Characteristics, Development, Year-to-Year Variability,
and Environmental Impact of a Large Arctic Alaska Snowdrift
Matthew Sturm1, Glen E. Liston2, and Jon Holmgren1
Arctic tundra snow cover comprises two diametrical components called the veneer and drift facies.
Veneer facies is thin (<0.7 m), wind-blown, and consists of alternating layers of wind slab and depth
hoar. Drift facies is denser, thicker (often in excess of 2 m), and generally consists entirely of wind
slabs. It forms in the lee of bluffs, in gullies, or downwind of isolated shrub stands. Though occupy-
ing less than 5% of the landscape, it plays an important role in the hydrologic cycle because it
continues to release meltwater long after the veneer facies is gone in the spring.
The volume, profile, and basal temperature of a typical large drift located in the foothills north of the
Brooks Range, Alaska, was measured 25 times since 1985, with multiple measurements made during
the winters of 1989 to 1993. Comparison of these measurements to total winter precipitation and
wind speed show a complicated relationship, with both maximum and minimum drift sizes occurring
during years of near-normal precipitation and wind. The results suggest that the largest drifts form
when infrequent optimal conditions (significant snowfall immediately followed by strong wind)
occur. Stratigraphic cross sections through the drift show that 90% of the total drift volume is often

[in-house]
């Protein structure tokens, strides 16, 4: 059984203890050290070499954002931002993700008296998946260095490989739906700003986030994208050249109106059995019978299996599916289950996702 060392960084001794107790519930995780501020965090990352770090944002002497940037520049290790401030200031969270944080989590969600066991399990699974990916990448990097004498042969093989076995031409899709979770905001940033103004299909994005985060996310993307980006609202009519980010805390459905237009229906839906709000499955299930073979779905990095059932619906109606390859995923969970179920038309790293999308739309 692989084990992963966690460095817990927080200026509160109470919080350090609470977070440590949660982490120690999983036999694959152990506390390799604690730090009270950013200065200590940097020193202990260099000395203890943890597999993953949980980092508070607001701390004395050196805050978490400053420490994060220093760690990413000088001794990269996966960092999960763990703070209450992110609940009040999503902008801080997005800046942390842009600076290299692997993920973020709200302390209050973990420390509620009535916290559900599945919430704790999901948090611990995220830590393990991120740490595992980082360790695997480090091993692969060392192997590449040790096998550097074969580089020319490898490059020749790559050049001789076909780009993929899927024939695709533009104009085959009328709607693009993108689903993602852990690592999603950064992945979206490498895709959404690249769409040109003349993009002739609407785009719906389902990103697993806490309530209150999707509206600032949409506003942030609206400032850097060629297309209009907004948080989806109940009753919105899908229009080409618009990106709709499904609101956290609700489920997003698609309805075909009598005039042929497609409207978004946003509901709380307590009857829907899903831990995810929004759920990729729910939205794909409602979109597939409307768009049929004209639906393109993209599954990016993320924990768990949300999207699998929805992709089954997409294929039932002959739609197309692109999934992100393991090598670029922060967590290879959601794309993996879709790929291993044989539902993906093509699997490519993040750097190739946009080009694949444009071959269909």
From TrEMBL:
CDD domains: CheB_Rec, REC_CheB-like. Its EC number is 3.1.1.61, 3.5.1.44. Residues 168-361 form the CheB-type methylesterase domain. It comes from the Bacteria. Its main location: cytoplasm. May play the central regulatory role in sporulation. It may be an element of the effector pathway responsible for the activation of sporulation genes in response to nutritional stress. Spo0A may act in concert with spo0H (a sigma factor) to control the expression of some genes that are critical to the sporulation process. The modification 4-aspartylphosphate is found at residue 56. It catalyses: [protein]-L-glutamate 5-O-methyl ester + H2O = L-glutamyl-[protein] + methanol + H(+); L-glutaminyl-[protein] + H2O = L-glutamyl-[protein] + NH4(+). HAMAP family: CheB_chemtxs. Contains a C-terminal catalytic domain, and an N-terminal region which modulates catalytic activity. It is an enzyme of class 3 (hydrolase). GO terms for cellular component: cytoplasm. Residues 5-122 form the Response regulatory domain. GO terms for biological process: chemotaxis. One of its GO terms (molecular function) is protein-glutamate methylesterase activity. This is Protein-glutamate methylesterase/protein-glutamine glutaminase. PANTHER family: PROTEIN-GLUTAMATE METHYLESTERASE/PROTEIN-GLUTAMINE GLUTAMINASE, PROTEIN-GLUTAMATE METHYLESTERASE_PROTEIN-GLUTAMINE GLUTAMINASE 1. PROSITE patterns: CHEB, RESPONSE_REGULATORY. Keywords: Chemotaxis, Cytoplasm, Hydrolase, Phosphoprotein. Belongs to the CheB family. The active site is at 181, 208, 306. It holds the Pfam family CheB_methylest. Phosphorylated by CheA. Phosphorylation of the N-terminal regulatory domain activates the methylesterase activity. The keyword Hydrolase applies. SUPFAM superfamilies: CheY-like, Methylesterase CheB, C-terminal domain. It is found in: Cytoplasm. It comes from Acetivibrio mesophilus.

found in fewer than 4 layers of snow (i.e., fewer than 4 transport events). Continuous wind and snow
surface elevation measurements obtained during the winters of 1994, 1995, and 1996 confirm that an
appreciable thickening of the drift takes place only during a few events.
Observations and simulations using a melt model confirm that drifts can persist up to 50 days longer
than the veneer snow. Meltwater derived from the drifts nourish snow bank and small riparian vege-
tation communities. Observations indicate that the under-snow temperatures beneath drifts are ele-
vated, and suggest that migration of groundwater takes place long after the active layer is frozen in
other locations. These factors, in addition to prolonged release of meltwater, may contribute to favor-
ing the growth of these plant communities.
Both the poor correlation between drift size and winter precipitation, and the limited stratigraphic
layering support the hypothesis that the timing of winter wind storms with respect to recent precipi-
tation is the most important factor in drift formation. This finding suggests that prediction of the
hydrologic response of the Arctic to changing climate must include consideration of changes in wind
as well as precipitation, plus their combined timing.
U.S. Army Cold Regions Research and Engineering Laboratory-Alaska, P.O. Box 35170, Fort Wainwright,
Alaska 99703-0170, USA
2 Department of Atmospheric Science, Colorado State University, Fort Collins, Colorado 80523-1371, USA